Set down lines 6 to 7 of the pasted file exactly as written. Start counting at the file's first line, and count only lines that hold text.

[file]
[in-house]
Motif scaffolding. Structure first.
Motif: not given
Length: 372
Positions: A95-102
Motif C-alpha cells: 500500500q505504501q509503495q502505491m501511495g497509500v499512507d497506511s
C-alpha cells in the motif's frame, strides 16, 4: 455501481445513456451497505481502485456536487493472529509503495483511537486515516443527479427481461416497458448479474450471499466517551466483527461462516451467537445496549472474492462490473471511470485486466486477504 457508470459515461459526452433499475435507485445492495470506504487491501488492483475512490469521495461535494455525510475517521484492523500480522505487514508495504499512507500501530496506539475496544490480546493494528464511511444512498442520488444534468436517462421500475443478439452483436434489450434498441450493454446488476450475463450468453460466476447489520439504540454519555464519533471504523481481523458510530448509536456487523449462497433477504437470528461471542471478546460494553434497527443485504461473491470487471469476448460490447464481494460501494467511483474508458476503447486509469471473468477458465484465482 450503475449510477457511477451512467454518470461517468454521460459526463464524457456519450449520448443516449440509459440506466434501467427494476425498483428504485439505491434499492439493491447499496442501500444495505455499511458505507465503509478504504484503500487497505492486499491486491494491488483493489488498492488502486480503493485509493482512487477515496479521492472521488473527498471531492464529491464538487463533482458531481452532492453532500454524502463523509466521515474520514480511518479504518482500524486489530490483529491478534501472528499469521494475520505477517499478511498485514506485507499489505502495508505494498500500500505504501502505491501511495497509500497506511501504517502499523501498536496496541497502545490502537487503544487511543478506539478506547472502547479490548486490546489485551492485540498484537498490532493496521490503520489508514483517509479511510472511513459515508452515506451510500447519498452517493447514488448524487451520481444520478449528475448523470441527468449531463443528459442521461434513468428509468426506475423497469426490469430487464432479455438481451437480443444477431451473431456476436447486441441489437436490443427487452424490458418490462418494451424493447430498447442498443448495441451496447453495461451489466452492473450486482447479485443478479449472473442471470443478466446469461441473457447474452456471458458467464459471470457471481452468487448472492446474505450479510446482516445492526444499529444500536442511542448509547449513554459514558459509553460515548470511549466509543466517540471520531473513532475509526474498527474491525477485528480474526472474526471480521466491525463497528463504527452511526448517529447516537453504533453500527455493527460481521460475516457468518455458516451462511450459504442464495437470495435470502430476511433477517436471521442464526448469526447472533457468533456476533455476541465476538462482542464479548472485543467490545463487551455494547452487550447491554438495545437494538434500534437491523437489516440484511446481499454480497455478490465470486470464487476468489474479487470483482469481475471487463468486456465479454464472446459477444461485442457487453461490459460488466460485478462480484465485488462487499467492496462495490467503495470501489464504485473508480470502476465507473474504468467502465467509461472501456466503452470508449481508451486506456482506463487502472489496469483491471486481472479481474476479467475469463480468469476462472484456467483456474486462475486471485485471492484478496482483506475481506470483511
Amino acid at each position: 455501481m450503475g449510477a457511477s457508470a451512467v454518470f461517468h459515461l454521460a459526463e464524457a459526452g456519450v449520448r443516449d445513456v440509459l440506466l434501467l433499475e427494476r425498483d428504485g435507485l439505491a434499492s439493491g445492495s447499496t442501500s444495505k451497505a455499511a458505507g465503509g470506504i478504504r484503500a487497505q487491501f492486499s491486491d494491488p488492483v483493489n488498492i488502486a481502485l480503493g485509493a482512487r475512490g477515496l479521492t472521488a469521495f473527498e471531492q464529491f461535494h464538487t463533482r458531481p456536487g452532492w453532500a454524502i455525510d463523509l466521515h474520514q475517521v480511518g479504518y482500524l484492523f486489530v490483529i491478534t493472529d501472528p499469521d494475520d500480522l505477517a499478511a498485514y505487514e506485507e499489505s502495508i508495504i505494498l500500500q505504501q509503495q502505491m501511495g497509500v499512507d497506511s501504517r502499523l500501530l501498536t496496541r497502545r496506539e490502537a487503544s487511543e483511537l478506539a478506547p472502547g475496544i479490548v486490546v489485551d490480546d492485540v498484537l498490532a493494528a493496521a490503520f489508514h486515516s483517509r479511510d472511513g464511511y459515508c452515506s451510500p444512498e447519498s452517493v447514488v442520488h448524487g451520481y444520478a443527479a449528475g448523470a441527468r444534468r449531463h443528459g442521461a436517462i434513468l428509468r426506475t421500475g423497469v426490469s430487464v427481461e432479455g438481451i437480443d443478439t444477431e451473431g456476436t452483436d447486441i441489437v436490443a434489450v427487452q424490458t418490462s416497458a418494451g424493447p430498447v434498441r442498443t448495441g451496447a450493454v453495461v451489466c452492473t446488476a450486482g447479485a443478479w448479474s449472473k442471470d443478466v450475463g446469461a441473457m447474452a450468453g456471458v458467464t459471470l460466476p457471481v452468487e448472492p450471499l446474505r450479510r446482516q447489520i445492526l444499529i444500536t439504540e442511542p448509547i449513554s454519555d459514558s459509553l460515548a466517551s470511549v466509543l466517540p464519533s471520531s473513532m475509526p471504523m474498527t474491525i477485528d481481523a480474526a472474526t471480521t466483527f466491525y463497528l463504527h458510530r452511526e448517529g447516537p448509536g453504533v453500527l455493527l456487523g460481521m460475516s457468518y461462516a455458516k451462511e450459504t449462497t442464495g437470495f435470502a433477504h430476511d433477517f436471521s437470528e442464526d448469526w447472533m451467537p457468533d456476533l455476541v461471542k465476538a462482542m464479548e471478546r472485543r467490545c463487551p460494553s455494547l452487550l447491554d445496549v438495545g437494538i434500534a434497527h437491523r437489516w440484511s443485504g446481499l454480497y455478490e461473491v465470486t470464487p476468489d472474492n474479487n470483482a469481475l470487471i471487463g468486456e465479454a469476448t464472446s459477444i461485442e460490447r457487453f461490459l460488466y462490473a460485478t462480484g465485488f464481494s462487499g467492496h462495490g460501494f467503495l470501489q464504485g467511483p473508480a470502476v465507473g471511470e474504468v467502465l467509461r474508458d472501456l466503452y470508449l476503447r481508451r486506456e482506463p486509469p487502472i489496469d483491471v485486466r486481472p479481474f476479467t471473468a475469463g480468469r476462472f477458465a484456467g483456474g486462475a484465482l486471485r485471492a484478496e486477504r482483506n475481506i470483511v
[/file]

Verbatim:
Motif C-alpha cells: 500500500q505504501q509503495q502505491m501511495g497509500v499512507d497506511s
C-alpha cells in the motif's frame, strides 16, 4: 455501481445513456451497505481502485456536487493472529509503495483511537486515516443527479427481461416497458448479474450471499466517551466483527461462516451467537445496549472474492462490473471511470485486466486477504 457508470459515461459526452433499475435507485445492495470506504487491501488492483475512490469521495461535494455525510475517521484492523500480522505487514508495504499512507500501530496506539475496544490480546493494528464511511444512498442520488444534468436517462421500475443478439452483436434489450434498441450493454446488476450475463450468453460466476447489520439504540454519555464519533471504523481481523458510530448509536456487523449462497433477504437470528461471542471478546460494553434497527443485504461473491470487471469476448460490447464481494460501494467511483474508458476503447486509469471473468477458465484465482 450503475449510477457511477451512467454518470461517468454521460459526463464524457456519450449520448443516449440509459440506466434501467427494476425498483428504485439505491434499492439493491447499496442501500444495505455499511458505507465503509478504504484503500487497505492486499491486491494491488483493489488498492488502486480503493485509493482512487477515496479521492472521488473527498471531492464529491464538487463533482458531481452532492453532500454524502463523509466521515474520514480511518479504518482500524486489530490483529491478534501472528499469521494475520505477517499478511498485514506485507499489505502495508505494498500500500505504501502505491501511495497509500497506511501504517502499523501498536496496541497502545490502537487503544487511543478506539478506547472502547479490548486490546489485551492485540498484537498490532493496521490503520489508514483517509479511510472511513459515508452515506451510500447519498452517493447514488448524487451520481444520478449528475448523470441527468449531463443528459442521461434513468428509468426506475423497469426490469430487464432479455438481451437480443444477431451473431456476436447486441441489437436490443427487452424490458418490462418494451424493447430498447442498443448495441451496447453495461451489466452492473450486482447479485443478479449472473442471470443478466446469461441473457447474452456471458458467464459471470457471481452468487448472492446474505450479510446482516445492526444499529444500536442511542448509547449513554459514558459509553460515548470511549466509543466517540471520531473513532475509526474498527474491525477485528480474526472474526471480521466491525463497528463504527452511526448517529447516537453504533453500527455493527460481521460475516457468518455458516451462511450459504442464495437470495435470502430476511433477517436471521442464526448469526447472533457468533456476533455476541465476538462482542464479548472485543467490545463487551455494547452487550447491554438495545437494538434500534437491523437489516440484511446481499454480497455478490465470486470464487476468489474479487470483482469481475471487463468486456465479454464472446459477444461485442457487453461490459460488466460485478462480484465485488462487499467492496462495490467503495470501489464504485473508480470502476465507473474504468467502465467509461472501456466503452470508449481508451486506456482506463487502472489496469483491471486481472479481474476479467475469463480468469476462472484456467483456474486462475486471485485471492484478496482483506475481506470483511